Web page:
Customer Reviews


4 Reviews
5 star:
 (1)
4 star:
 (2)
3 star:    (0)
2 star:
 (1)
1 star:    (0)
 
 
 
 
 
Average Customer Review
Share your thoughts with other customers
Create your own review
 
 

The most helpful favourable review
The most helpful critical review


4.0 out of 5 stars Warming up for the 100 years...
This is a collection of 12 stories written by Nobel Prize winner Gabriel Garcia Marquez. His most famous works are One Hundred Years of Solitude, The Autumn of the Patriarch and Love in the Time of Cholera (Vintage International). I've read them all, and like so many others, have been enthralled with his style and his sometimes whimsical insights into the human condition...
Published on 7 April 2011 by John P. Jones III

versus
1 of 3 people found the following review helpful
2.0 out of 5 stars Not that great
I have read 7 or 8 of Marquez's books and this is by far the worst I have read. Some of the stories I just could not finish as for want of a better word, they were complete 'gibberish'. Maybe it is the translations or the fact that some were written over 50 years ago but I get a feeling that he is sometimes being too clever and the meaning gets completely lost.
Published on 8 April 2009 by Mr. S. F. Lyon


Most Helpful First | Newest First

4.0 out of 5 stars Warming up for the 100 years..., 7 April 2011
By 
John P. Jones III (Albuquerque, NM, USA) - See all my reviews
(TOP 500 REVIEWER)    (REAL NAME)   
This review is from: Innocent Erendira and Other Stories (Paperback)
This is a collection of 12 stories written by Nobel Prize winner Gabriel Garcia Marquez. His most famous works are One Hundred Years of Solitude, The Autumn of the Patriarch and Love in the Time of Cholera (Vintage International). I've read them all, and like so many others, have been enthralled with his style and his sometimes whimsical insights into the human condition. This book is an odd assortment that the publisher yoked together. The last 11 short stories were written when Marquez was between 25 and 30, in the early `50's. One Hundred Years of Solitude was first published in the late `60's. Only the title story, the length of a novella, was written after his classic work, in the early `70's.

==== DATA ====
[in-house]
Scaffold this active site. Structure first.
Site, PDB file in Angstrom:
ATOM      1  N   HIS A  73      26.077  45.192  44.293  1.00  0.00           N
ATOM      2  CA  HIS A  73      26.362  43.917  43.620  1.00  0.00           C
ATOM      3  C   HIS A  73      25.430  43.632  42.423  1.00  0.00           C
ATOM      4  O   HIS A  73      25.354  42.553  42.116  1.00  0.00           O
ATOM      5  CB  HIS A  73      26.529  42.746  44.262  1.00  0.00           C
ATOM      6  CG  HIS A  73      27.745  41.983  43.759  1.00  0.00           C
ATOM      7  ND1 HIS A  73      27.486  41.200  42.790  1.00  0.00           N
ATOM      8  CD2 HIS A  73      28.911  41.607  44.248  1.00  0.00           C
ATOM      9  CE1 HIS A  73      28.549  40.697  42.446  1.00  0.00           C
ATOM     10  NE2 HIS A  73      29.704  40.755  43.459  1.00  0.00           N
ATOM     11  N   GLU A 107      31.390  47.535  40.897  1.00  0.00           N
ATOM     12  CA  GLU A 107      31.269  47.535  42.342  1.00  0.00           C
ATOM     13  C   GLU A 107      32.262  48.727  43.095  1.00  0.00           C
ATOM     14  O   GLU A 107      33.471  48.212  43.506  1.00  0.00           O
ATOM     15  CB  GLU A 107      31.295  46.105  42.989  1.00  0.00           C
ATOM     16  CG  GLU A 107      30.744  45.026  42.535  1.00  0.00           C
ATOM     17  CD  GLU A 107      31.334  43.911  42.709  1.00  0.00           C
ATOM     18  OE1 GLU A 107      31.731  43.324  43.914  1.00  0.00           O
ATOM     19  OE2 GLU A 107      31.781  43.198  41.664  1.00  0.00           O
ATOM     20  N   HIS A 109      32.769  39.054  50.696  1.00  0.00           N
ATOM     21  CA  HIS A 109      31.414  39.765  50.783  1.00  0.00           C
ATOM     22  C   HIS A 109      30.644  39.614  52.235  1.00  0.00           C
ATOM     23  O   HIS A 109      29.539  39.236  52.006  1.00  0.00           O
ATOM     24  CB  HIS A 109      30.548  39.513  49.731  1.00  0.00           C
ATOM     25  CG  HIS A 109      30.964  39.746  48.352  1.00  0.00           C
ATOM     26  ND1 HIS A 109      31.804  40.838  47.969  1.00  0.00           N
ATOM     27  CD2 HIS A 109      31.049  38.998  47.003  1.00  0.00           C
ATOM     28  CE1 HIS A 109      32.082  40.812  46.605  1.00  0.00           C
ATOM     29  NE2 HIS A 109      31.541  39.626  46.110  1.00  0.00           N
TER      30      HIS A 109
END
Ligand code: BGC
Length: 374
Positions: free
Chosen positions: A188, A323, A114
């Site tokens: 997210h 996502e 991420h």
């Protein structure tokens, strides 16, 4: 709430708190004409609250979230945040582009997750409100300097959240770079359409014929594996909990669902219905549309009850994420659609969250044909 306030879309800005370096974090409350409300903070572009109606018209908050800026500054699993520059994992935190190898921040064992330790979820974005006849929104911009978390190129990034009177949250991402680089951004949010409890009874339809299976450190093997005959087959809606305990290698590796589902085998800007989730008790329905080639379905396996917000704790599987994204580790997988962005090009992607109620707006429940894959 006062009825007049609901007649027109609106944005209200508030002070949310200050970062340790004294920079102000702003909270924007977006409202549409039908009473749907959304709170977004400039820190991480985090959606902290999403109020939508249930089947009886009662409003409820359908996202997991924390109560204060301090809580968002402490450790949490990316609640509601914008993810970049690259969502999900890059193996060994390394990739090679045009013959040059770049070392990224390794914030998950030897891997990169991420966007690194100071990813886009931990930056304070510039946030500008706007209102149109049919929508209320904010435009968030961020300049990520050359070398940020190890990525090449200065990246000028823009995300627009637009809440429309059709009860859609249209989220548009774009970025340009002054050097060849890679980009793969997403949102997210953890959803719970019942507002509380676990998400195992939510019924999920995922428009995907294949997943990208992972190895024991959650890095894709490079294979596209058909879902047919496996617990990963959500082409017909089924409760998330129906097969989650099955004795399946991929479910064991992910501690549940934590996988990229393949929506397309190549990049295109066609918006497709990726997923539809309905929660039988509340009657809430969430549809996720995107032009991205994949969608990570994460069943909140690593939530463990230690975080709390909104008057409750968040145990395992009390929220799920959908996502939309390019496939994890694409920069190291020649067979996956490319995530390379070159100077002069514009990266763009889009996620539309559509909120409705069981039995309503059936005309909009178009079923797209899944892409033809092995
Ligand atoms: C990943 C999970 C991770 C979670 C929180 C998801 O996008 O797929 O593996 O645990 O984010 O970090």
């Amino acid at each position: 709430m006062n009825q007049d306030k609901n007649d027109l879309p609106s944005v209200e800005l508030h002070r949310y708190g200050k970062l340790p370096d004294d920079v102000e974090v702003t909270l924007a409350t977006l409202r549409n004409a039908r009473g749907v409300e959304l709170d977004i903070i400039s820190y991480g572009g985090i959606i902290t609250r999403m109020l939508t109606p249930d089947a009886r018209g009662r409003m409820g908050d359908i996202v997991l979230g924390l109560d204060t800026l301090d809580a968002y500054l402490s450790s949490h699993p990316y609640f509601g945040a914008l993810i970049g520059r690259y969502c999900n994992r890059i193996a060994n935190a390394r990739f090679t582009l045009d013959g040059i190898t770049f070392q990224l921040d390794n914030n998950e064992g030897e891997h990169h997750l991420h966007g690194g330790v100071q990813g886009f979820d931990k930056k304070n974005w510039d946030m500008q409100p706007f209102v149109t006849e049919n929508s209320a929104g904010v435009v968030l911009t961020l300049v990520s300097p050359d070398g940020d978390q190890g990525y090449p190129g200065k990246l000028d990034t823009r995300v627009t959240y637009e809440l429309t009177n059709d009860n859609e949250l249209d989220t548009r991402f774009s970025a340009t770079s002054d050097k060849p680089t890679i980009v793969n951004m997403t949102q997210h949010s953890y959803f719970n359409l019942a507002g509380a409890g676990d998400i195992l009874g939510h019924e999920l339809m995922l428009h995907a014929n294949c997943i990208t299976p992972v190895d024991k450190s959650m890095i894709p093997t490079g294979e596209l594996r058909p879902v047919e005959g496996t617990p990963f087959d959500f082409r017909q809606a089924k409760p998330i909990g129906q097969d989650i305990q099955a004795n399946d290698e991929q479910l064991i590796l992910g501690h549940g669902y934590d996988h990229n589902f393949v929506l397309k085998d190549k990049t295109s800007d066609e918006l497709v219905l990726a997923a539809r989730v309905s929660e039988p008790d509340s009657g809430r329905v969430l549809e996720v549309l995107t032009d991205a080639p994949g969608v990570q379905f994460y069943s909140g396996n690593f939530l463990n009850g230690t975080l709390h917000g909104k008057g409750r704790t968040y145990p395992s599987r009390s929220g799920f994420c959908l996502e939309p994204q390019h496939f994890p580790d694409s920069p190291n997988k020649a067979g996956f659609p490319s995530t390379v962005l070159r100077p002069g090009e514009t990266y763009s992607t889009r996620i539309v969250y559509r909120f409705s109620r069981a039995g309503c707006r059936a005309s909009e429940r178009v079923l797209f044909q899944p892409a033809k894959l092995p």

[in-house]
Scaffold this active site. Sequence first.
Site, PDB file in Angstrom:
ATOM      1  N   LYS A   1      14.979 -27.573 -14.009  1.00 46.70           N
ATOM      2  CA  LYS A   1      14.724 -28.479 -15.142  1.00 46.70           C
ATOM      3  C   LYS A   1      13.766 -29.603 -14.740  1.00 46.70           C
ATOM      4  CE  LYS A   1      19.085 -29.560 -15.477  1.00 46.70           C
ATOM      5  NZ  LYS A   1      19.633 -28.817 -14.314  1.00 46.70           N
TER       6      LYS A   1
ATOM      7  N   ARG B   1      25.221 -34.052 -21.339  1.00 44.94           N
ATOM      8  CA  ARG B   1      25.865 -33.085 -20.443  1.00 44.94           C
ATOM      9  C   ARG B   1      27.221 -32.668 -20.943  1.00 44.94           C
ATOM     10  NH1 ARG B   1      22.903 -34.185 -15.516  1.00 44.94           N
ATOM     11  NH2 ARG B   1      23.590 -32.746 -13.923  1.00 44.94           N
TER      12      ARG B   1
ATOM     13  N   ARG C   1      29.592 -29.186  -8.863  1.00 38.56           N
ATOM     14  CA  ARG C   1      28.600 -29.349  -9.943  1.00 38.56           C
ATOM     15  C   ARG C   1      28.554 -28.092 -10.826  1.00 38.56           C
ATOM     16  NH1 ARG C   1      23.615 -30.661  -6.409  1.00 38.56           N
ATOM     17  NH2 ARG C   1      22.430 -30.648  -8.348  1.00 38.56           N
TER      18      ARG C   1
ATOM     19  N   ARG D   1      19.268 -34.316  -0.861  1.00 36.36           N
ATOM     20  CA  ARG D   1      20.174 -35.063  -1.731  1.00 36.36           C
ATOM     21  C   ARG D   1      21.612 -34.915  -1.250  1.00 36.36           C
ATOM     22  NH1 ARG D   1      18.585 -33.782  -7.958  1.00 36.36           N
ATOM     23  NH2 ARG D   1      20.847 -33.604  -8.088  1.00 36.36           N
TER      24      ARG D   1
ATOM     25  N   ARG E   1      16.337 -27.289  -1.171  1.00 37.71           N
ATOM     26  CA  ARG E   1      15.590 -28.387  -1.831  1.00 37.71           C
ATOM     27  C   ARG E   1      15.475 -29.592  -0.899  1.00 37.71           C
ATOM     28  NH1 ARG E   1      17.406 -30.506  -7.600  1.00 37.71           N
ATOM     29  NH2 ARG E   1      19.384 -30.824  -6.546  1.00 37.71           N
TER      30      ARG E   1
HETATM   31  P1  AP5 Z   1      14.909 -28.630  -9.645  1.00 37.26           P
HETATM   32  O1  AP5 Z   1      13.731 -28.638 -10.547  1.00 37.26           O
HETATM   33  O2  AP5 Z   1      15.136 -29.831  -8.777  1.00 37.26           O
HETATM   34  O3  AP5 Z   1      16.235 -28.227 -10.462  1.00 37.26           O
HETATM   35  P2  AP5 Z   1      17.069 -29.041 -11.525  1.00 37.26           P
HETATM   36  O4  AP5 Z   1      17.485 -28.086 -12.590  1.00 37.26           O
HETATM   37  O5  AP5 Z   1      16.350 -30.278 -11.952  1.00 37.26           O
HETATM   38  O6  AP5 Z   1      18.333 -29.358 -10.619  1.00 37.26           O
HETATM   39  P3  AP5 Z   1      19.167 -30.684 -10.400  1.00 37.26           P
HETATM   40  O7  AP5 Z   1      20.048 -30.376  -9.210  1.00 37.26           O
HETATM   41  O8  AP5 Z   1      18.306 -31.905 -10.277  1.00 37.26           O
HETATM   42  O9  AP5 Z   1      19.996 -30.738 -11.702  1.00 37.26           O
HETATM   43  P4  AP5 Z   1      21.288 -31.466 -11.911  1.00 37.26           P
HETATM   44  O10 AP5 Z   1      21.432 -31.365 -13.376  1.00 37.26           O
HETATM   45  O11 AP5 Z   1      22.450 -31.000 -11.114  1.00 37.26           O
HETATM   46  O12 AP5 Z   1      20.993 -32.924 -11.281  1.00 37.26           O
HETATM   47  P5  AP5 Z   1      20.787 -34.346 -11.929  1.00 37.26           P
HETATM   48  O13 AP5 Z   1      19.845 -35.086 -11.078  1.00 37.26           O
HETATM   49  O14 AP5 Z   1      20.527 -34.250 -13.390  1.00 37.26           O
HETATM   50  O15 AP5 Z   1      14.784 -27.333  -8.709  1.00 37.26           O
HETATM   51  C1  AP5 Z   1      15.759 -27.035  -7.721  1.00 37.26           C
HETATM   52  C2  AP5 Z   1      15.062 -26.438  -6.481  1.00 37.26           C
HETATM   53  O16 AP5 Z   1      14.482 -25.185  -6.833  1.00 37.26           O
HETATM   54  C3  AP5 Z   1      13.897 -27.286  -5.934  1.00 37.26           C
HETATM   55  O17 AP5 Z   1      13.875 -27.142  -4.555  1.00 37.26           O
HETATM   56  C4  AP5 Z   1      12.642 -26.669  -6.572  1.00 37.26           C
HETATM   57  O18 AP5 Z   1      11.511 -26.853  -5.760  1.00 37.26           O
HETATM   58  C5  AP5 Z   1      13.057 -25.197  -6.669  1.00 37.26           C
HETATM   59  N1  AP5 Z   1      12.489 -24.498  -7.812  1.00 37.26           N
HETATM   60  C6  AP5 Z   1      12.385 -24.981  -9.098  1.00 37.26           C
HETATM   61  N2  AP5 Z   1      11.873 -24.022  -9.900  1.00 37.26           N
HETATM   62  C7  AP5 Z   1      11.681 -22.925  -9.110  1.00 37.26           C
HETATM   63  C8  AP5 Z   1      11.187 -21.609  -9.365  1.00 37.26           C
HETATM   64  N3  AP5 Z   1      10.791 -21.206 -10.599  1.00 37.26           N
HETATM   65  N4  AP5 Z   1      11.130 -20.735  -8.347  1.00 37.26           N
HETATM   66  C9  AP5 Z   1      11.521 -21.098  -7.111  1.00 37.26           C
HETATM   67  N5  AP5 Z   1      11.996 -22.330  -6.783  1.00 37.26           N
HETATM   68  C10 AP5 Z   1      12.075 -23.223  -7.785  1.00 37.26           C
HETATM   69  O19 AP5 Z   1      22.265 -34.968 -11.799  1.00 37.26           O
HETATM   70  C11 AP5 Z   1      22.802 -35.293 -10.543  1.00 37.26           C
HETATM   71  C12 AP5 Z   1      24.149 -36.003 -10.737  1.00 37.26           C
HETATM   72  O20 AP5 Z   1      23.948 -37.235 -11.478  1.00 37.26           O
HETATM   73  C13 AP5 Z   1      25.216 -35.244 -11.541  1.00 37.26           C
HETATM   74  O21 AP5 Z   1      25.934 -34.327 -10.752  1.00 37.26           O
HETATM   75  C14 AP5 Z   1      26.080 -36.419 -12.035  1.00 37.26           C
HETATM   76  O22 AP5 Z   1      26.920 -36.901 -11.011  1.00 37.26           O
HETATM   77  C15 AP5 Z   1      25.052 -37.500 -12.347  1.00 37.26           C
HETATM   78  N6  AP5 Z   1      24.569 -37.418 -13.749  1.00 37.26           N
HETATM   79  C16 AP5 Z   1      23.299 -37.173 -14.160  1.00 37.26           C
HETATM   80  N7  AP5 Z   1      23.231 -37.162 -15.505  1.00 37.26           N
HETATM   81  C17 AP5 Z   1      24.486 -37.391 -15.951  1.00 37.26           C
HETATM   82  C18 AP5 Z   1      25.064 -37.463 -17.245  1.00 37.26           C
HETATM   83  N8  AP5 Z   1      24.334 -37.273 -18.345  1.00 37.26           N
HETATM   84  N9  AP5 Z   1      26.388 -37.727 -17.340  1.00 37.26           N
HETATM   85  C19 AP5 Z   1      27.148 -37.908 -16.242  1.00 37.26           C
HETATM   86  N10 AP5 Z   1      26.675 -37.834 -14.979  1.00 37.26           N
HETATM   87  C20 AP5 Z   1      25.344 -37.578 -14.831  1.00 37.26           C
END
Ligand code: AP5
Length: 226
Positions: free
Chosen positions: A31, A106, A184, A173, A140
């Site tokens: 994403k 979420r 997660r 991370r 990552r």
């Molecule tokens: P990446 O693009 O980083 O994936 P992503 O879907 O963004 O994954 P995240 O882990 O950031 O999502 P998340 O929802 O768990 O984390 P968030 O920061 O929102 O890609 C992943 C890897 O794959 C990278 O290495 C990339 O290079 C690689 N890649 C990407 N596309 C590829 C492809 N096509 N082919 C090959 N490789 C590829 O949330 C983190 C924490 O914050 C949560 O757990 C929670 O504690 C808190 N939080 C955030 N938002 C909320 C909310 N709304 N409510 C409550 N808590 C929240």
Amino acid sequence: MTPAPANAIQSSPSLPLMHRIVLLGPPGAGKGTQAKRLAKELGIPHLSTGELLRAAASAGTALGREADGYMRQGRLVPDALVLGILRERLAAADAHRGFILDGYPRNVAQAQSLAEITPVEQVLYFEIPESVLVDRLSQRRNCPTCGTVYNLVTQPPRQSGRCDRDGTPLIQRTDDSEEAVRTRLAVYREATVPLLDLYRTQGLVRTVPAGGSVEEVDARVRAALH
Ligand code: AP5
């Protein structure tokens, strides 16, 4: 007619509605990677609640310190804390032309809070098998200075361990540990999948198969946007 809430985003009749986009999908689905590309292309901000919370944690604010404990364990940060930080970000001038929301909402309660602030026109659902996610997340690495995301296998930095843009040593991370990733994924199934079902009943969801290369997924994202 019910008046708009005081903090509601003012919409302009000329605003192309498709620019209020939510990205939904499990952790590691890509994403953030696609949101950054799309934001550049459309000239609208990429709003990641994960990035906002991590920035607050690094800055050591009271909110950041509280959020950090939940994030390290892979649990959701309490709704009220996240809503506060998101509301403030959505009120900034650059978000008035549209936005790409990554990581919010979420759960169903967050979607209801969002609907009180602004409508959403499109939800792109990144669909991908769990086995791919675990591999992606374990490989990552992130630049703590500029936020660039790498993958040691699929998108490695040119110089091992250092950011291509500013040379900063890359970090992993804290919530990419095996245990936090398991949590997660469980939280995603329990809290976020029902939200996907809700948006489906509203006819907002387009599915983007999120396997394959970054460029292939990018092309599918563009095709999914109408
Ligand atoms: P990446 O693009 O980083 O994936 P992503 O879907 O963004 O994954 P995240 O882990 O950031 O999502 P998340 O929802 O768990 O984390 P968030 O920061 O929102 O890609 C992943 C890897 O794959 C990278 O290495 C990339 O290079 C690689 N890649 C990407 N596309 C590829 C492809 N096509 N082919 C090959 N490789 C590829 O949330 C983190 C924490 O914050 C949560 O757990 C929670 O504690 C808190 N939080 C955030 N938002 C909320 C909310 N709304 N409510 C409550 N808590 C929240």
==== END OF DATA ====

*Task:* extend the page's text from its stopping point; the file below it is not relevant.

Concerning the 11 stories I call a "warm-up," well, they are just that. Certainly there is evidence of the themes and style that would be honed and polished into his major works. Overall though, they are rough, and two in particular, "Eyes of the Blue Dog" and "Night of the Curlews" should have been "left on the cutting room floor" as they say in the movies. Concerning these, and the others, there are times when the style he is famous for introducing, "magical realism," flips into outright hallucinations, worthy (or more appropriately, unworthy) of William Burroughs. Marquez's sardonic view of the "democratic process," revealed in the electioneering and philandering of Senator Onesimo Sanchez will resonate with many a modern American reader. Death is a theme that is laced through many of these stories, and in particular, dominates "The Third Resignation," which appears to draw inspiration from Kafka's The Metamorphosis (Dover Thrift). Also in several of his stories, particularly in "Dialogue with the Mirror," he plays with the theme of a person's doppelganger - that eerie "other" who may accompany us. In "Eva is Inside her Cat," as the title might suggest, the author plays with the themes of the surrealistic painters, with insects under the skin causing a woman's beauty, which proves to be an immense burden. The reincarnation of choice is being a cat, but the dying mouse in one's mouth seems to spoil that fantasy. "The Woman who Came at 6'o'clock" involves the classic theme which has also become a cliché, the bartender who falls in love with a woman working in the world's oldest profession.